The Perennial Psychology: Additional Content
(Some stuff just wandered too far off the trail to be included in the book)
The below complements the book The Perennial Psychology: A Timeless Approach to Understanding Human Nature.
As it turns out, the book could have been even longer. Although alternate trails, such as the ones explored below, seemed compelling and very much worth exploring, it was easy to wind up going down some kind of rabbit-hole find emerging somewhere off-course. The below, then are alternate trails that weren't pursued at length in the book.
In the book, there's discussion of a "spiritual component" of human nature. This refers, basically, to "something" within us that isn't merely body and/or mind.
On this front, the book generally "argues by authority." That is, it basically lists lots of really smart and well-respected individuals who all claimed that yes, there is some kind of "spiritual" component of human nature.
This article takes a different approach. It doesn't appeal to authority. It appeals to our direct experience. It basically says, "If there's no spiritual component of human nature, how do you explain this? Or that? Or that? And so on (about 47 more times.)
As it explains, this isn't really intended as "proof," but points toward the "most likely explanation."
Meaninglessness was touched on in the book, but not explored in depth. This article explores the origins of the problem - basically, "Te Death of God" (and at least 15 or so very tangible consequences of it, reviewed here, one of with is the popularity of "Soft Nihilism.") It also hints at a solution - basically, in a nutshell, "No-Nonsense Spirituality," which can sometimes be explored as contemplative or "Experiential Spirituality."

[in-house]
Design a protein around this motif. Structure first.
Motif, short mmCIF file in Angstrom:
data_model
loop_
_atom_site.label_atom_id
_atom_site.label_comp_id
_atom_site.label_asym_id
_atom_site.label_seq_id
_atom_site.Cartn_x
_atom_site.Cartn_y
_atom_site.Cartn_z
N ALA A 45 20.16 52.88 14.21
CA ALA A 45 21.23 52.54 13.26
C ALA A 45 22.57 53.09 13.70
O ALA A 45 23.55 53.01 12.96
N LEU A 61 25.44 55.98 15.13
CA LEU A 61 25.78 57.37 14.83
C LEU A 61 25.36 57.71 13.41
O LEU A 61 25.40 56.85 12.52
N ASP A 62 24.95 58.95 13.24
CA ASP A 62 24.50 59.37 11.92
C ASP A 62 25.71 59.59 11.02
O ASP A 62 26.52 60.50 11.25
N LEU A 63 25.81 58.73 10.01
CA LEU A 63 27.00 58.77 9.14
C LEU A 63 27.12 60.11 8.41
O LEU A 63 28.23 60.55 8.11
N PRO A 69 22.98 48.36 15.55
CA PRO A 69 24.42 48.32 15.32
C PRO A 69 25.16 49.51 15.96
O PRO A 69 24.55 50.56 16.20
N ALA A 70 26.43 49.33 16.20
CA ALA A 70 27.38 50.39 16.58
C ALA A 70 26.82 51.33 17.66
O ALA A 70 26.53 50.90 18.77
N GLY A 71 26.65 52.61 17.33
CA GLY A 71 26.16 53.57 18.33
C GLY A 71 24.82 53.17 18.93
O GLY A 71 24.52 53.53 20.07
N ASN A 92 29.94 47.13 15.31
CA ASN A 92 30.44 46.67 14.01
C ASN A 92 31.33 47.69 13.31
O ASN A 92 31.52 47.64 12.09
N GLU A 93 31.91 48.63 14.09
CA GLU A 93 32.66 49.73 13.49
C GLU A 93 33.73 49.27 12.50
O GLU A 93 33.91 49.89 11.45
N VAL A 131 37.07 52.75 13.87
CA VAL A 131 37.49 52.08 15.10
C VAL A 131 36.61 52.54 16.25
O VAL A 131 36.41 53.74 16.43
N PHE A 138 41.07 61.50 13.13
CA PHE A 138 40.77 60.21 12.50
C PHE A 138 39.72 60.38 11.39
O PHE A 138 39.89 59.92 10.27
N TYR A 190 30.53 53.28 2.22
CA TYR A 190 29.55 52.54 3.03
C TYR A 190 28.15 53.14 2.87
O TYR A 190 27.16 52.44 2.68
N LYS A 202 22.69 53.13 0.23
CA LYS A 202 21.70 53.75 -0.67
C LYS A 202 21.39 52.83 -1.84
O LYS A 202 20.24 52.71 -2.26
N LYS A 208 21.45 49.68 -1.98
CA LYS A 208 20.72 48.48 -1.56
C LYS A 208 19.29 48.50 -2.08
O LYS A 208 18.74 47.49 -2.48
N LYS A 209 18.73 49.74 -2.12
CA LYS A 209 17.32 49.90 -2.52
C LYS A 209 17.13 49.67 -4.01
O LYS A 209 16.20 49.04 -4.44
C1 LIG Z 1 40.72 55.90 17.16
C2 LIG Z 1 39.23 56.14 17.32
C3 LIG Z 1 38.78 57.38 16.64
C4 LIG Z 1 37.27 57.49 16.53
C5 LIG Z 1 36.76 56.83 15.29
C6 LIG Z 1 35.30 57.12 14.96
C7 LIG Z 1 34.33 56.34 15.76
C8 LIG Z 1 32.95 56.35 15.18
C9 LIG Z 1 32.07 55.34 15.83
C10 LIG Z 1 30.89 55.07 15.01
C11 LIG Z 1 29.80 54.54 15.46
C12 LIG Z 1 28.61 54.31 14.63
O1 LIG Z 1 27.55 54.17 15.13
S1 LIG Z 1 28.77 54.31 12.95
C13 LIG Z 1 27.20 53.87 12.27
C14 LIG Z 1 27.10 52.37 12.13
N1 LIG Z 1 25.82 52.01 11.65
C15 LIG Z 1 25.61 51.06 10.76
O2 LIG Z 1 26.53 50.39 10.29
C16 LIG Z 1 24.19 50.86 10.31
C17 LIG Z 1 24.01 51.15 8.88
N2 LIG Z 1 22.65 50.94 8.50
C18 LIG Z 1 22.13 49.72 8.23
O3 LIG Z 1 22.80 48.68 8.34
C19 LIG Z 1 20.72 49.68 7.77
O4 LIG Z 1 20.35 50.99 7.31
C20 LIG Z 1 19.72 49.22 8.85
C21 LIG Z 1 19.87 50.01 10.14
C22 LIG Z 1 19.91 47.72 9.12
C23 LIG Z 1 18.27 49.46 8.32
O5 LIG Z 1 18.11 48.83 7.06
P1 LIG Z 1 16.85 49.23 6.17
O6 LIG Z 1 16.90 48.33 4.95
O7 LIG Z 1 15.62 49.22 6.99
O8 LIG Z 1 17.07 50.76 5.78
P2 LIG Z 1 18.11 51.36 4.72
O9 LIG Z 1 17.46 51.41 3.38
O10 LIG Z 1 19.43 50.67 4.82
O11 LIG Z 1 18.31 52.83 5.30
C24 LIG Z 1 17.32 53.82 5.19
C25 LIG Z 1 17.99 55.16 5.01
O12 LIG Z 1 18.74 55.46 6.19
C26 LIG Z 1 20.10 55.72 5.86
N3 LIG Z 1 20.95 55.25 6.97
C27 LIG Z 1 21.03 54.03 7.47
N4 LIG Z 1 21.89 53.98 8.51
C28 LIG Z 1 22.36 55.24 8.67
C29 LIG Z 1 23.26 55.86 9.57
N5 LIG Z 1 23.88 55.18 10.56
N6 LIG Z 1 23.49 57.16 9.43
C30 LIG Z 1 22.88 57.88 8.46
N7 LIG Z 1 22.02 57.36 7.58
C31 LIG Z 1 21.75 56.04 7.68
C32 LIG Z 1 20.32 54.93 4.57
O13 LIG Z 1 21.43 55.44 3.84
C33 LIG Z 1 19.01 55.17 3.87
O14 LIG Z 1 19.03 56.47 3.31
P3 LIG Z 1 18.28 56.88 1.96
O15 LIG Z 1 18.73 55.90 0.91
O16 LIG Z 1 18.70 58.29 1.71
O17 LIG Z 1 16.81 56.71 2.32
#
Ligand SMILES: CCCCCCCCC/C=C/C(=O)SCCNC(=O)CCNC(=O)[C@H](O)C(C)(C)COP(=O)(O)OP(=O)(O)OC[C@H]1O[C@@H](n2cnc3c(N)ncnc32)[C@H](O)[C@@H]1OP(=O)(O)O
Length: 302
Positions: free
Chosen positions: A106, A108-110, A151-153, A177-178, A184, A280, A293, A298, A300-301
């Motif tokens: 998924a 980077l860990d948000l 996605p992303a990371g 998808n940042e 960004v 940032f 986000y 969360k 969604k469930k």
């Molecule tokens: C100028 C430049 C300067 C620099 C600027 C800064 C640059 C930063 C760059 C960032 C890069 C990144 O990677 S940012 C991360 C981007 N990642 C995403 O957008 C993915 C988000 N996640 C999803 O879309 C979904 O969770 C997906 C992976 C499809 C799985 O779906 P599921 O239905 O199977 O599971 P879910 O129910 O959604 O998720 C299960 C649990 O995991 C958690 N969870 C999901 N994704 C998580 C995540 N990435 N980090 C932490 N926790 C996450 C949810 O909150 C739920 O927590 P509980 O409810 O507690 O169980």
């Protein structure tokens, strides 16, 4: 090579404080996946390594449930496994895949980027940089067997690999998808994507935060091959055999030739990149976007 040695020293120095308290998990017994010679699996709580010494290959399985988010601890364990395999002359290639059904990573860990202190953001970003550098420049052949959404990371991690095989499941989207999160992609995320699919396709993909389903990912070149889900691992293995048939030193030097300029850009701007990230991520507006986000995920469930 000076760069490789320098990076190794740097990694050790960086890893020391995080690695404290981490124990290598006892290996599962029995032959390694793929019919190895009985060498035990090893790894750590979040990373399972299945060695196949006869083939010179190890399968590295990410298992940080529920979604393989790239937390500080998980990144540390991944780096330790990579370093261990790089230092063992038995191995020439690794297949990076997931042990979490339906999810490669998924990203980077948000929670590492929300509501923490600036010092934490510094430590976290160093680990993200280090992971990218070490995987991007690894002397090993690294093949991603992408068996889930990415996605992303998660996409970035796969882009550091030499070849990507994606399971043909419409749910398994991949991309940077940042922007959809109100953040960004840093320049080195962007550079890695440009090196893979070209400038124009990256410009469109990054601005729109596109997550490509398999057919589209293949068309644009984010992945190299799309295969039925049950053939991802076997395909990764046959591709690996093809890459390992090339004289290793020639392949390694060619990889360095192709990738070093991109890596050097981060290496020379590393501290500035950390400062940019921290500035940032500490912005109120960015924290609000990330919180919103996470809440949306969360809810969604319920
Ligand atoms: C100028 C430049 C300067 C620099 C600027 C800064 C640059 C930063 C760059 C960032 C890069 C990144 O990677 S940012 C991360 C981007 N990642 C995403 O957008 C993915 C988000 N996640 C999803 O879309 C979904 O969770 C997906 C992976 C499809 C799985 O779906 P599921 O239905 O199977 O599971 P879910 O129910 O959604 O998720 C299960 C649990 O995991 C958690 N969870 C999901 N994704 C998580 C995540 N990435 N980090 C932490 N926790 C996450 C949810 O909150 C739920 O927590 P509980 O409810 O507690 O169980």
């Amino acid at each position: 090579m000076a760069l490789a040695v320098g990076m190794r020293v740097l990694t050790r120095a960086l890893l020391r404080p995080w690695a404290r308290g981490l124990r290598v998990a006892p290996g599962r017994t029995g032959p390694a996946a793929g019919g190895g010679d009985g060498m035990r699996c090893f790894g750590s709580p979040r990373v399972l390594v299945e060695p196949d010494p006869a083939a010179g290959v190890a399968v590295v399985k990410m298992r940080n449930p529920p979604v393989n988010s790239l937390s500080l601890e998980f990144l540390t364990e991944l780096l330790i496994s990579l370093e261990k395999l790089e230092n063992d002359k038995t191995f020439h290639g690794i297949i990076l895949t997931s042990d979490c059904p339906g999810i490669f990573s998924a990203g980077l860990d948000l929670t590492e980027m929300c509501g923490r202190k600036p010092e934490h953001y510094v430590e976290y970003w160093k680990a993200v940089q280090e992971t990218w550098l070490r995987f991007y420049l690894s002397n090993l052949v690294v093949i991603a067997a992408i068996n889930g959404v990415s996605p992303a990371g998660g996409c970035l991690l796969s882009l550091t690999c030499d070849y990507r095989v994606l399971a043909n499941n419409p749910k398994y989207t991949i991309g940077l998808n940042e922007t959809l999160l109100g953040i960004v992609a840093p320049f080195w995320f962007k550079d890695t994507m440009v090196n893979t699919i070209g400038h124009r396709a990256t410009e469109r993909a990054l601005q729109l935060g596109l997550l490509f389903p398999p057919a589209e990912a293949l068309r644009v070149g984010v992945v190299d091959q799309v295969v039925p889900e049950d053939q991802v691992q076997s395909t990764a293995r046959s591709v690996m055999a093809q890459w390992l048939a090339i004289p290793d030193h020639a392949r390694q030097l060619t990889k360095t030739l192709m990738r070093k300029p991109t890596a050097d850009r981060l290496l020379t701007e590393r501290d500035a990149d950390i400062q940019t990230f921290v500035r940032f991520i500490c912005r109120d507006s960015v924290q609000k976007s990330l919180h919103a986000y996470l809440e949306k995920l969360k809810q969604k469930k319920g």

There seems to be some kind of law: no principle, advice, or pithy insight is so good that we can't screw it up. "Follow your advice" could be good advice. This article explores how it isn't - at least, as some understand and apply it.
This article, though, for brevity's sake, doesn't delve much into what to do instead.
Our short answer for "what to do instead," with the book in mind, is basically along these lines. There's a spiritual component of human nature. We can call it "conscience." ("Conscience" isn't the ideal word, as it's often associated with joyless, moralistic finger-wagging, but that's not how it's meant here. It's something much more positive and inspiring.) Anyway, the idea is to seek to "follow" that. Along with that comes objective (not merely subjective) and corrective checks-and-balances that help with avoiding self-absorption, narcissism, and solipsism. This approach doesn't "follow heart" by rejecting mind. It points toward something deeper (and higher) than both ordinary heart and ordinary mind, but that incorporates and encompasses both.
In a nutshell: don't "follow your heart." Follow your conscience."
The basic idea behind the "unconscious" (or "subconscious") is this: There are parts of ourselves that we aren't aware of.
The more we think about this idea, the stranger it can seem.
If it’s really “me,” shouldn’t I be aware of it? If I’m not aware of it, is it really “me”? Once I become aware of it, then it’s not really “unconscious” anymore, right?
It’s easy to tie ourselves in pretzel-yoga knots thinking about all this. But luckily, we've been hard at work exploring the topic, trying to make sense of things, and hunting for clarity.
So, what lies in the deepest of the deep in ourselves? See here.
More content will likely appear here as developments ensue.